New majorities should strive to ease partisan tensions.
The start of a new session of the Minnesota Legislature always occasions a range of emotions. But seldom has a new lawmaking assembly met the mix of hope, dread, trust and suspicion that will greet the 2013 Legislature when it convenes at noon today.
A 2012 DFL surge today returns that party to control of both legislative chambers. But Minnesotans remain a people deeply divided over government's rightful role and size. Two decades of divided government and intensifying partisanship have split the body politic into two nearly twin parts, each hostile to the other.
The DFL enjoys solid majorities, 72-60 in the House (with two vacancies) and 39-28 in the Senate. Many DFL partisans revel in the possibilities created by control of both the Legislature and the governor's office for the first time since 1990. Conversely, some Republicans are likening the DFL tide to the onset of pestilence, and are predicting a reign that will be ruinous for the state.
Members of the new majorities should arrive in St. Paul cognizant of both sentiments, and of one thing more: The oaths of office they take today will oblige them to help govern the whole state. They are not servants of one party or one place alone.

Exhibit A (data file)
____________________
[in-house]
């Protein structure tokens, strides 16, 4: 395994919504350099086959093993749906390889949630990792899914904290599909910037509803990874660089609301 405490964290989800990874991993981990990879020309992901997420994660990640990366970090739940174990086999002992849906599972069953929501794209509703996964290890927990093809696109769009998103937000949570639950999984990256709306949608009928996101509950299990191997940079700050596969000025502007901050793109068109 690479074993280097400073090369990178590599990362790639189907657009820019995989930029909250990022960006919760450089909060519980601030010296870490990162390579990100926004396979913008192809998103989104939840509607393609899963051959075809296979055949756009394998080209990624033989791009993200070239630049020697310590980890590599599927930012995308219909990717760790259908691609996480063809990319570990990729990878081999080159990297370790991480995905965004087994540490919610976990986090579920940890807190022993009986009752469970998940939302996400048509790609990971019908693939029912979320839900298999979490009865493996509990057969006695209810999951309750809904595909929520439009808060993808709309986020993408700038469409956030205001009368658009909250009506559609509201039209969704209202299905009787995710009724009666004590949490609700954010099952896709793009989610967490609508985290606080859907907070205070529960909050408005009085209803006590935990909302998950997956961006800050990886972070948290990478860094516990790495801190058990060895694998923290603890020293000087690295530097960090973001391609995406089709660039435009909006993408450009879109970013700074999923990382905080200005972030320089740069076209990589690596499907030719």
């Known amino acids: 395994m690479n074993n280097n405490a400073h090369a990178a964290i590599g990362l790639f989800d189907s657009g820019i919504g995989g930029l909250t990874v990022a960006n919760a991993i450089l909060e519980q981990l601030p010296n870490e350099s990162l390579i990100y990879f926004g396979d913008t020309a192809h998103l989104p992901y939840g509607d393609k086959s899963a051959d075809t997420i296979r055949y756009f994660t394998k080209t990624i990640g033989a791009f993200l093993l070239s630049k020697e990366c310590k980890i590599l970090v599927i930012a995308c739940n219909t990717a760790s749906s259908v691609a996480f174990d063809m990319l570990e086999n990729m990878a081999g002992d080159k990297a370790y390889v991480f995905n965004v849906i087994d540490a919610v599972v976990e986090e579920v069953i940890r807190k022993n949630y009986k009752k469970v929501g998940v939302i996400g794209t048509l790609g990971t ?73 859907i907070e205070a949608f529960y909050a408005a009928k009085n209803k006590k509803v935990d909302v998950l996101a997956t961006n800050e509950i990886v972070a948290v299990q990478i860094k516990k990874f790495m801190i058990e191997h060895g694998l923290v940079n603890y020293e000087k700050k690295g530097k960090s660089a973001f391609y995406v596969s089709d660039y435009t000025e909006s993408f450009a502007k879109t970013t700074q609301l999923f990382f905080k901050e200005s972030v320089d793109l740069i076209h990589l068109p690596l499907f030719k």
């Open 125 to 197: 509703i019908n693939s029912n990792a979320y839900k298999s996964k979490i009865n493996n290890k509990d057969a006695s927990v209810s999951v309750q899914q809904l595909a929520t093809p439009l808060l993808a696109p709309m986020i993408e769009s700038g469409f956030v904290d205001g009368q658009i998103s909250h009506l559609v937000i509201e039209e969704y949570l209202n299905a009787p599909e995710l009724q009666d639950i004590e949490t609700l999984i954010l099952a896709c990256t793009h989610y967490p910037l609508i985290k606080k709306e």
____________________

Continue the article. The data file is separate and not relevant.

Easing the excessive partisanship of the past decade should be among the new majorities' goals. DFLers can start by resolving to sincerely listen to all comers, regardless of party. They should weigh each perspective for its contribution to the common good, and seek to strike a balance among competing interests. Their striving should be not so much to secure their own re-election as to secure a brighter future for this state.
It's fitting that this year's inaugural legislative retreat, set for Wednesday, is titled the One Minnesota Conference. That theme bears emphasis. For all its recent partisan friction, Minnesotans remain one people whose futures are inextricably bound. Those who would govern them well must value them all.
* * *
First-termers will occupy about 30 percent of the seats in both chambers when the Minnesota House and Senate convene at noon today. The House has 42 new members -- 27 DFLers and 15 Republicans. The Senate lists 20 first-termers, although eight of them previously served in the House. Twelve of those 20 are DFLers; eight are Republicans.Source: 2012 Election Directory for the 2013-14 Minnesota Legislature